Because water is extremely versatile, it can change states into the following three forms:
Let’s take a look at the conditions water needs to transform states.
States of Water
The 3 types of phase changes for water are:
- EVAPORATION: when water is in a liquid state, it can evaporate into a gas or freeze into a solid.
- MELTING: If water is in a frozen state then you add heat, it melts and turns into a liquid again.
- CONDENSATION: When water vapor in the air condenses, it turns back into a liquid such as in the form of rain.
There’s also phase changes where water skips the intermediate liquid state:
- SUBLIMATION: Sublimation occurs when water immediately turns into a solid from a state.
- DEPOSITION: Deposition is the opposite of sublimation. It’s when gas transforms into a solid, skipping the liquid state.
Water transfers into phases with weak bonds continuously. So, let’s talk about some of the amazing properties of water that make this all happen.
What are the unique properties of water?
Water molecules are made of two hydrogen atoms and one oxygen atom. Thus, the chemical symbol for water is H2O.
But what’s important to know about water is that they are not symmetrical. Both the hydrogen atoms hang off the oxygen atom at an angle.
Because water has a positive side and a negative polar side, this is why H2O can dissolve other minerals. When it dissolves something, it makes it a solution.
How does evaporation convert liquid water to vapor?
If you add enough energy from the sun, water evaporates into a gas from a liquid. In other words, it breaks the covalent bond of water.
When it evaporates, it isolates an individual molecule that flies off the surface as vapor. Because the water molecules absorb energy from heat, these energetic molecules stay farther apart from each other.
It takes a tremendous amount of energy to turn a liquid into a gas. For example, it requires 540 calories per gram for evaporation to occur. This is good because we don’t want all water on Earth to evaporate too rapidly.
71% of Earth is water so evaporation happens everywhere. But it happens most rapidly at the equator because it receives the most sunlight.
How does condensation go from water vapor to liquid?
Condensation is essentially the opposite of evaporation. Instead of gaining heat, water molecules lose energy from a loss of heat during condensation. In turn, they bond together from a gas into a liquid state.
Condensation is the process of forming tiny water droplets. They surrounding a particle of dust or salt. Eventually, they become too heavy and fall as precipitation.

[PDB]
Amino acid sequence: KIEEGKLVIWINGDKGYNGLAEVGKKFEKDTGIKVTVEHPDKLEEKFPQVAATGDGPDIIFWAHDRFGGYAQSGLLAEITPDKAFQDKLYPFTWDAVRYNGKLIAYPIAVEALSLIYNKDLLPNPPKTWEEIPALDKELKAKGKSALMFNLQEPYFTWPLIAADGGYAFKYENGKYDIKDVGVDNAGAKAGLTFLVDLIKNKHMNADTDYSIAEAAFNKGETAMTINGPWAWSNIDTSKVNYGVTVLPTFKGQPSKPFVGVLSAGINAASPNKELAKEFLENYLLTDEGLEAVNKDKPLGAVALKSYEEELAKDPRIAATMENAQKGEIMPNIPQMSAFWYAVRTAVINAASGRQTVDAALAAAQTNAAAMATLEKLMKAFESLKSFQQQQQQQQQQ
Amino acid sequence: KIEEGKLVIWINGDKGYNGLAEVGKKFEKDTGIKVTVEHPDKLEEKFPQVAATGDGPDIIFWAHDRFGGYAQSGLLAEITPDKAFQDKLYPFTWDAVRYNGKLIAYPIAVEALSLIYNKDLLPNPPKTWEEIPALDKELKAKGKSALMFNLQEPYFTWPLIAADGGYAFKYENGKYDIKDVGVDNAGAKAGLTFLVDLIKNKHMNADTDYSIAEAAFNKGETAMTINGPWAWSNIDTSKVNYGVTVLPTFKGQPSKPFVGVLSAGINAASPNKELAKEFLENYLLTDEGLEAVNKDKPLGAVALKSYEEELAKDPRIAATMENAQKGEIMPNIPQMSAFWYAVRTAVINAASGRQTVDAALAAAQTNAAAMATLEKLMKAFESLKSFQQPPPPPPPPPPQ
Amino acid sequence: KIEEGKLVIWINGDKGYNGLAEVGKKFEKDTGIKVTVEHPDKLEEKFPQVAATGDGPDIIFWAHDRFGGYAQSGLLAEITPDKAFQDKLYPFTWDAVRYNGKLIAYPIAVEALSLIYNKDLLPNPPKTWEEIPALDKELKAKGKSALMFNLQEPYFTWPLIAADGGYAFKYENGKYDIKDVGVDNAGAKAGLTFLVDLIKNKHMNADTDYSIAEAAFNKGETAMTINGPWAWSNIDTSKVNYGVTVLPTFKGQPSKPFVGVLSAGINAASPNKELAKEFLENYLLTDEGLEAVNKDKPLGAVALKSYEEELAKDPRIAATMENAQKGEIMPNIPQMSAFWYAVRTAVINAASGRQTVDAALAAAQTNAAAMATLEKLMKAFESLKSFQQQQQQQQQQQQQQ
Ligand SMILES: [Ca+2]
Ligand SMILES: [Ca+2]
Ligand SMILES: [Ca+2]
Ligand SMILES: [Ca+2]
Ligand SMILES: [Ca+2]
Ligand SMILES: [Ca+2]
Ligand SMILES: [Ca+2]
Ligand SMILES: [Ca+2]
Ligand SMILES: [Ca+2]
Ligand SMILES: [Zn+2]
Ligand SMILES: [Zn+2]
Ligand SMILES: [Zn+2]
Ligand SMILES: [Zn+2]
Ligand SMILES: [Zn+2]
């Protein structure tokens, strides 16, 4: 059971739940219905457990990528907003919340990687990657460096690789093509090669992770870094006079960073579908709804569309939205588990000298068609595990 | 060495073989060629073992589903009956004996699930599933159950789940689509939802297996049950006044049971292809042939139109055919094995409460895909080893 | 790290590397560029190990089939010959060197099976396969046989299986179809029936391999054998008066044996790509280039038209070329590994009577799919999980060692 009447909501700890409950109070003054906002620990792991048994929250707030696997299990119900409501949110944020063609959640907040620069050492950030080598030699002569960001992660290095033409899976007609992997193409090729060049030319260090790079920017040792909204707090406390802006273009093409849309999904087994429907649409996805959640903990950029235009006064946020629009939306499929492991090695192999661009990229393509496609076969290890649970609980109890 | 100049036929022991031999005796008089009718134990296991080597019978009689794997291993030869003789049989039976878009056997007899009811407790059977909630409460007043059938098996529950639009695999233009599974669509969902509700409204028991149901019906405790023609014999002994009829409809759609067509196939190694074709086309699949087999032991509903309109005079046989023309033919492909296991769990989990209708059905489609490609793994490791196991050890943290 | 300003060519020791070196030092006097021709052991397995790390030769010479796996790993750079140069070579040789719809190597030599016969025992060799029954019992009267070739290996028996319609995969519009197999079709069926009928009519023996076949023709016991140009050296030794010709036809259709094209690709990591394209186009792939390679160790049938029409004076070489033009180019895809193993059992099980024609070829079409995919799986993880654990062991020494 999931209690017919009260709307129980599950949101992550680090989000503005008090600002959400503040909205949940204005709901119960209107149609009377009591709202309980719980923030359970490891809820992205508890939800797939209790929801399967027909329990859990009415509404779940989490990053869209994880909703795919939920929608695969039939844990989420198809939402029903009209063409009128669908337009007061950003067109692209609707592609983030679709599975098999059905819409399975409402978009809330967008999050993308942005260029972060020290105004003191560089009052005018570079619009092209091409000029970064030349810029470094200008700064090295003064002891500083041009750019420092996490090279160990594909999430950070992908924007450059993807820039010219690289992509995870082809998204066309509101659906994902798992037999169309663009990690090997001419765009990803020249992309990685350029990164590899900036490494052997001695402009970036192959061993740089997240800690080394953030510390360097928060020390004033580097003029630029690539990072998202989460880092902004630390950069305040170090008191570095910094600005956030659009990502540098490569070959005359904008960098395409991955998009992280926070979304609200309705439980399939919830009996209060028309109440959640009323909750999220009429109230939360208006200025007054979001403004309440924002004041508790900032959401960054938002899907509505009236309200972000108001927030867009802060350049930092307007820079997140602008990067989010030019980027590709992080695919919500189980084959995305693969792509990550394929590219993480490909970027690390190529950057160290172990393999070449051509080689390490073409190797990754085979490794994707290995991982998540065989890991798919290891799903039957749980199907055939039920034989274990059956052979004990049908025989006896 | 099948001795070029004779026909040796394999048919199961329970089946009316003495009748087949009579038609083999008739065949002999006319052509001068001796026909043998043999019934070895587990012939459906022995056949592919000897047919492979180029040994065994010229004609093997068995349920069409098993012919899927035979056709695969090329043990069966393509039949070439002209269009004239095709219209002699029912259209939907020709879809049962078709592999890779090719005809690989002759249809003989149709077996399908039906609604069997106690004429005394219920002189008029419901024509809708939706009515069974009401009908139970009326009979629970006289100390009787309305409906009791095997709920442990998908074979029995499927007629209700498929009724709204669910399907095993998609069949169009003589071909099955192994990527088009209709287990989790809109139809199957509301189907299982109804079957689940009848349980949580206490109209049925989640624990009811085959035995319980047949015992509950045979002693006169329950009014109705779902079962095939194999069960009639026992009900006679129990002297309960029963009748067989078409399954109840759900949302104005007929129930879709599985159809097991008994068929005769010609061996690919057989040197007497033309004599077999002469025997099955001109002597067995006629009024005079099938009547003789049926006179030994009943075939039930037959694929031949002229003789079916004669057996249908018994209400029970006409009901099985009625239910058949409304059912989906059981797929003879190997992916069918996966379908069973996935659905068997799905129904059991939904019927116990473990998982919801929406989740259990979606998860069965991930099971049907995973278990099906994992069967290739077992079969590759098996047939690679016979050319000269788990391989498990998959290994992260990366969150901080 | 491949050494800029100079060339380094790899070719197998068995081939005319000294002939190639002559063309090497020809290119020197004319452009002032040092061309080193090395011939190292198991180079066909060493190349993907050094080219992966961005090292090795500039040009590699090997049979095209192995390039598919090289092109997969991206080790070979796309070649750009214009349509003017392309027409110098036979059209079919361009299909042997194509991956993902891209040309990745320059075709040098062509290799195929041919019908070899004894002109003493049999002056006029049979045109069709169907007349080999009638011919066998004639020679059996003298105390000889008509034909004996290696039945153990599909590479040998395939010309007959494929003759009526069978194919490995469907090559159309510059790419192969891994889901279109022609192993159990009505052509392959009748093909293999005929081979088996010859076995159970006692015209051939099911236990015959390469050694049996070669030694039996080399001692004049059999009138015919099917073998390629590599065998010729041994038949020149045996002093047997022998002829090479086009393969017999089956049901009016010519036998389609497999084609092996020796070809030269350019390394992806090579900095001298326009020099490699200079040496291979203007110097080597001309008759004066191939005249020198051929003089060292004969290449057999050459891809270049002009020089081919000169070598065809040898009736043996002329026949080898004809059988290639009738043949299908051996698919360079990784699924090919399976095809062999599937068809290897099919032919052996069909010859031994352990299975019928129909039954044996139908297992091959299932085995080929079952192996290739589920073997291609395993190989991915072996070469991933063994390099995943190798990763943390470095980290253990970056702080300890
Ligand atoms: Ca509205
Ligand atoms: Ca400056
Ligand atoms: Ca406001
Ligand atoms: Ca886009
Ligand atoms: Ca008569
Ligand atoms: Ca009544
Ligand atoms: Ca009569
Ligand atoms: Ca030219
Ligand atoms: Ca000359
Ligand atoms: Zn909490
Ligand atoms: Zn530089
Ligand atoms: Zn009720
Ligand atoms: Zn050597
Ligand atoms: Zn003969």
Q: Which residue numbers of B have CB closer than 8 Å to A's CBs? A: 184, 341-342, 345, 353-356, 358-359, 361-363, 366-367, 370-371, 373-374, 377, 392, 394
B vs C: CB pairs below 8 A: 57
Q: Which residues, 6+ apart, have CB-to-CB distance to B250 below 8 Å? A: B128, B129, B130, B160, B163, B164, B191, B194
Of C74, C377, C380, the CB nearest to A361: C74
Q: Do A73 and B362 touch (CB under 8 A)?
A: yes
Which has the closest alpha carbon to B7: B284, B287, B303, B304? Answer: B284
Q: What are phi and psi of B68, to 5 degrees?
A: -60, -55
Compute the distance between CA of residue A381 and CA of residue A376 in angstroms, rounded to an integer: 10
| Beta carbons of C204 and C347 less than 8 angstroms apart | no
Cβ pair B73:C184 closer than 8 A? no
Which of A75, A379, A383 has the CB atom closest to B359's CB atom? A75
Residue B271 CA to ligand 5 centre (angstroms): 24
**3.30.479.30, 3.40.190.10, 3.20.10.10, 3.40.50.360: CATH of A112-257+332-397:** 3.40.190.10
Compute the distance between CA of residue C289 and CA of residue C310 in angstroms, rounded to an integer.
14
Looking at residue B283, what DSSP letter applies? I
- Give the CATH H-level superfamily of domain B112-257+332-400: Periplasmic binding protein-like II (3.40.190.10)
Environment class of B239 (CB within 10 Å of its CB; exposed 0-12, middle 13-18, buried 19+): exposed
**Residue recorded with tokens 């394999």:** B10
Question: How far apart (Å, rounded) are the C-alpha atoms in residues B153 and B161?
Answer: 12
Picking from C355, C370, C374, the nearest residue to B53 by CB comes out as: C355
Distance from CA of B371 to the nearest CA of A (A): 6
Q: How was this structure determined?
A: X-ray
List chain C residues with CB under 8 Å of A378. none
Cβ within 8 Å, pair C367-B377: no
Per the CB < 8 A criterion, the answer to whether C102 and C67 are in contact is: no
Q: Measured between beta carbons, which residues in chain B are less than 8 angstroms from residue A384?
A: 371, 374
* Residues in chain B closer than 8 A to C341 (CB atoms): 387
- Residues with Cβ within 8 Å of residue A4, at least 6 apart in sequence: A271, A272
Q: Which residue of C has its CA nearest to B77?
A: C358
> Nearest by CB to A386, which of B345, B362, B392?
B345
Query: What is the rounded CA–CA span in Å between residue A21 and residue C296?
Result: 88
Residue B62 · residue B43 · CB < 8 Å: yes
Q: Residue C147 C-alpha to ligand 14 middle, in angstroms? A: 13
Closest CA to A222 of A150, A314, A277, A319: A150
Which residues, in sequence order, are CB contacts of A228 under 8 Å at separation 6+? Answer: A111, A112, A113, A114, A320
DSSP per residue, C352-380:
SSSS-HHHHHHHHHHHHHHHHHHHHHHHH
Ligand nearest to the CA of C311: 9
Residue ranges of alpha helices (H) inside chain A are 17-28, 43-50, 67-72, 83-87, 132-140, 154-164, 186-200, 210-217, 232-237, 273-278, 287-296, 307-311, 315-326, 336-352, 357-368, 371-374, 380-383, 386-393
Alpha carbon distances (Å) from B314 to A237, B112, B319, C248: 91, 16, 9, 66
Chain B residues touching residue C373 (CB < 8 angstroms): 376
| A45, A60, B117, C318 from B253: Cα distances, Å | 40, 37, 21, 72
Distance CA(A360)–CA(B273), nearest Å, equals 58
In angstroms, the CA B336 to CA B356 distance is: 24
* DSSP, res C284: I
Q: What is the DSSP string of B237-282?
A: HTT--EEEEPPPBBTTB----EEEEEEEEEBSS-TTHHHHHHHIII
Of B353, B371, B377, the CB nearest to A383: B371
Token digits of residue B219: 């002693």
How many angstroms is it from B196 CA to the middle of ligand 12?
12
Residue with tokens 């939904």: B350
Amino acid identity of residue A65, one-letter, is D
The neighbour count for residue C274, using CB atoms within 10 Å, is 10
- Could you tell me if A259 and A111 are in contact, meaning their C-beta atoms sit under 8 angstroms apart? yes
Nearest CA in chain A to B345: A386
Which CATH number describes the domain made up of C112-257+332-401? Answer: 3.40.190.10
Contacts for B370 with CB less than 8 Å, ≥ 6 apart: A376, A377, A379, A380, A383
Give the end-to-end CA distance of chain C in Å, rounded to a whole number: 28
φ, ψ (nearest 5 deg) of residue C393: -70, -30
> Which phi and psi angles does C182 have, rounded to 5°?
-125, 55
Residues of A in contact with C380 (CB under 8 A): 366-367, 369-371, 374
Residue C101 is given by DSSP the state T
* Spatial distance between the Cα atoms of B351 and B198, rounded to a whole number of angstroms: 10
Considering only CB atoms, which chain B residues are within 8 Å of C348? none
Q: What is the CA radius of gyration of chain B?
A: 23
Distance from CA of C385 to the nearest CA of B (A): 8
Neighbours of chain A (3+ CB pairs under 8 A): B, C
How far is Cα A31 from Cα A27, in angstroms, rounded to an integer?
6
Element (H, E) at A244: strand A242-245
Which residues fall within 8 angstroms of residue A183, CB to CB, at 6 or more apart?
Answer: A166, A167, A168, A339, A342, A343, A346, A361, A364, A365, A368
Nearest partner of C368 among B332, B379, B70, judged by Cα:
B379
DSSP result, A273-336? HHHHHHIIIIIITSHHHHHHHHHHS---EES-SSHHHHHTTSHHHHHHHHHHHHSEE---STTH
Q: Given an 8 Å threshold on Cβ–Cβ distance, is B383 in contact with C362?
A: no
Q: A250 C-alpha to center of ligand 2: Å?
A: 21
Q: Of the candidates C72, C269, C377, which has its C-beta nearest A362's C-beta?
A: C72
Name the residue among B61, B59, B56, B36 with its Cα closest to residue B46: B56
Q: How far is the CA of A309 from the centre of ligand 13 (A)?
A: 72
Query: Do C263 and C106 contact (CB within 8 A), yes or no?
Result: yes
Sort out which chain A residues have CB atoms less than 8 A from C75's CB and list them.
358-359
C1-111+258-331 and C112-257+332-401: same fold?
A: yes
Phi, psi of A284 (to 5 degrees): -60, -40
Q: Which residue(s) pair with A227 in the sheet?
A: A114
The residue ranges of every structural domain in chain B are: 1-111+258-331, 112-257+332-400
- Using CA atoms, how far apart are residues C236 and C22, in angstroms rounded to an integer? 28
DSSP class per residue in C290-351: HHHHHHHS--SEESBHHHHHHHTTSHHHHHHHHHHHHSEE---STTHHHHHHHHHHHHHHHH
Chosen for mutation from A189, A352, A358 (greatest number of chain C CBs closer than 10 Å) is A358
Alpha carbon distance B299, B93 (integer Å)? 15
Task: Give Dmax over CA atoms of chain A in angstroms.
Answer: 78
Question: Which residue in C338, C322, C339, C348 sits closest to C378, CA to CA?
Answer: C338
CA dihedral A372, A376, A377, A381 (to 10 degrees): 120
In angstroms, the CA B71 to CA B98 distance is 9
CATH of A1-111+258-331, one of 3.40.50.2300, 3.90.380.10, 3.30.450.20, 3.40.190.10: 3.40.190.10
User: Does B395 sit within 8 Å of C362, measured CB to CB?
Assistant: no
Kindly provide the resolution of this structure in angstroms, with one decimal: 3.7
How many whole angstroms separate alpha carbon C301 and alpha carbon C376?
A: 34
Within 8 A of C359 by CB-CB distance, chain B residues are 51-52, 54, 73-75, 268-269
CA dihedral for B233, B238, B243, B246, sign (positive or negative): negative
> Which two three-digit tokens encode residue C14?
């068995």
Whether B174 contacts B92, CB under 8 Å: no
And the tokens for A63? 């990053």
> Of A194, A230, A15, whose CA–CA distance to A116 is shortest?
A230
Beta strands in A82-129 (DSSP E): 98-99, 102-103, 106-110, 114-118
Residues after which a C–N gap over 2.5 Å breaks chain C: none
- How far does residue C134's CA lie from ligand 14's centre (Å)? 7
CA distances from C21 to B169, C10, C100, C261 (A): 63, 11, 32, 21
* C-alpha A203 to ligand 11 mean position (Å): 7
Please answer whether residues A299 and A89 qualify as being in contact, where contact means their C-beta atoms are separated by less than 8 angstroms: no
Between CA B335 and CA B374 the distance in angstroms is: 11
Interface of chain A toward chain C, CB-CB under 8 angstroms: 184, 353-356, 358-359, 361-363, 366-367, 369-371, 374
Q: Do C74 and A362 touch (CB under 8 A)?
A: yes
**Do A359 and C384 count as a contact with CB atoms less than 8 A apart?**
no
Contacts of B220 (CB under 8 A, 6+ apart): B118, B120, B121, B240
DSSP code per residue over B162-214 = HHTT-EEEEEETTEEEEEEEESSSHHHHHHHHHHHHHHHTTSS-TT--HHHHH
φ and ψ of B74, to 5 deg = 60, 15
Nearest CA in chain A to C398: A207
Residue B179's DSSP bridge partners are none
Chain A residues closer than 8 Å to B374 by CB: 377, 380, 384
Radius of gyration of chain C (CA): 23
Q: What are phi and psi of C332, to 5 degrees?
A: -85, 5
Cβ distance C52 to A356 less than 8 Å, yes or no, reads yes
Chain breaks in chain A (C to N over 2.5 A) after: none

For example, liquid water drips down a chilled glass of lemonade on a hot day because of condensation. When the water vapor in the air comes in contact with the cold glass, it slows down the water molecules making them stick together and form a liquid.
Overall, the start of the hydrological cycle begins with evaporation at the surface of the ocean. Next, water condenses and precipitates back into the ocean, streams, glaciers, or groundwater. Eventually, it makes its way back to the ocean. And that’s the whole cycle.
What is freezing, melting, deposition and sublimation?
When the temperature is lowered below its freezing point, water can freeze. When water freezes, it expands. In lakes and streams, the frozen ice is more buoyant and remains at the top. This unique property of water is important for life and the biosphere.
Melting is essentially the opposite of freezing. When the temperature is increased to its melting point, water can melt. This is important to understand the consequences of global warming. For example, if all glaciers melted right now, sea levels would rise about 30 meters.
Finally, the last two phases are deposition and sublimation which are complete opposites of each other. Sublimation is when a solid changes state to a gas, without going into the intermediate liquid phase. Whereas deposition is when a gas transforms into a solid-state.
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- Oceanography: A Key to Better Understanding our World by the University of Barcelona
- Large Marine Ecosystems: Assessment and Management by the University of Cape Town and NOAA
- The Changing Arctic: Present, Past, & Future by the University of Colorado Boulder